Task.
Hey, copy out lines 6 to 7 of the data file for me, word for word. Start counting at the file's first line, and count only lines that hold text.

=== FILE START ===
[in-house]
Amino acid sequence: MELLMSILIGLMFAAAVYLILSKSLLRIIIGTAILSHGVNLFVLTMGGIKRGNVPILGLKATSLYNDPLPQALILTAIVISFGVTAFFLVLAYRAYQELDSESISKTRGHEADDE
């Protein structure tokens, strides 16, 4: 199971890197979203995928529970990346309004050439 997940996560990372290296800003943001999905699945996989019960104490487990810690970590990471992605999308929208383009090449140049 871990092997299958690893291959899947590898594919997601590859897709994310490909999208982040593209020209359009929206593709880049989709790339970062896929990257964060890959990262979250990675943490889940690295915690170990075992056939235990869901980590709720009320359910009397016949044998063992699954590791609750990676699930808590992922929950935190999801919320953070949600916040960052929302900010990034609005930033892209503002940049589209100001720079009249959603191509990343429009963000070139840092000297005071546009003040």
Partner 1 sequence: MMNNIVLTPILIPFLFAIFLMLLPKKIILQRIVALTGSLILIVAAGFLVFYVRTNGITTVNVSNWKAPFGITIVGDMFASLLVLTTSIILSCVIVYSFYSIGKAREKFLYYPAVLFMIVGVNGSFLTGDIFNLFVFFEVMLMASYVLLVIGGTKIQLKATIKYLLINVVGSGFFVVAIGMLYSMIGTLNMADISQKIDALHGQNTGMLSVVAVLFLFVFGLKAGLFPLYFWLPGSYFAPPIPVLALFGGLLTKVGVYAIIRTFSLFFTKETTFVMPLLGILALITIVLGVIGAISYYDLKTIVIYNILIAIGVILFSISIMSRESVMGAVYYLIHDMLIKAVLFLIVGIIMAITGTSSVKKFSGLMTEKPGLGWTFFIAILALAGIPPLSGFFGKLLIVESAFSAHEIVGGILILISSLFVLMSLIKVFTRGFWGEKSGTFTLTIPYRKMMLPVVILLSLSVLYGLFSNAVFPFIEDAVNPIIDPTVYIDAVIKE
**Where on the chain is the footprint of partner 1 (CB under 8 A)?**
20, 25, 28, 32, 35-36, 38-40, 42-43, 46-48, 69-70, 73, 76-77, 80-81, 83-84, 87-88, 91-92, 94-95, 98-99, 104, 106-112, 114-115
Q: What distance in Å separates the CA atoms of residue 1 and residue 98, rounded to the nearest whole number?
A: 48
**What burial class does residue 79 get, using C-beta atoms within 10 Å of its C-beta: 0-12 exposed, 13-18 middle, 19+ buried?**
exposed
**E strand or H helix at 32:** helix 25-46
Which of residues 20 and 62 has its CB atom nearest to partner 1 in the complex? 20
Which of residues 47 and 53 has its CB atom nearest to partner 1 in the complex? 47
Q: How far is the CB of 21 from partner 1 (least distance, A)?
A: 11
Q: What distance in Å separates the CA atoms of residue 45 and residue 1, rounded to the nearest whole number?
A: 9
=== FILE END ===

20, 25, 28, 32, 35-36, 38-40, 42-43, 46-48, 69-70, 73, 76-77, 80-81, 83-84, 87-88, 91-92, 94-95, 98-99, 104, 106-112, 114-115
Q: What distance in Å separates the CA atoms of residue 1 and residue 98, rounded to the nearest whole number?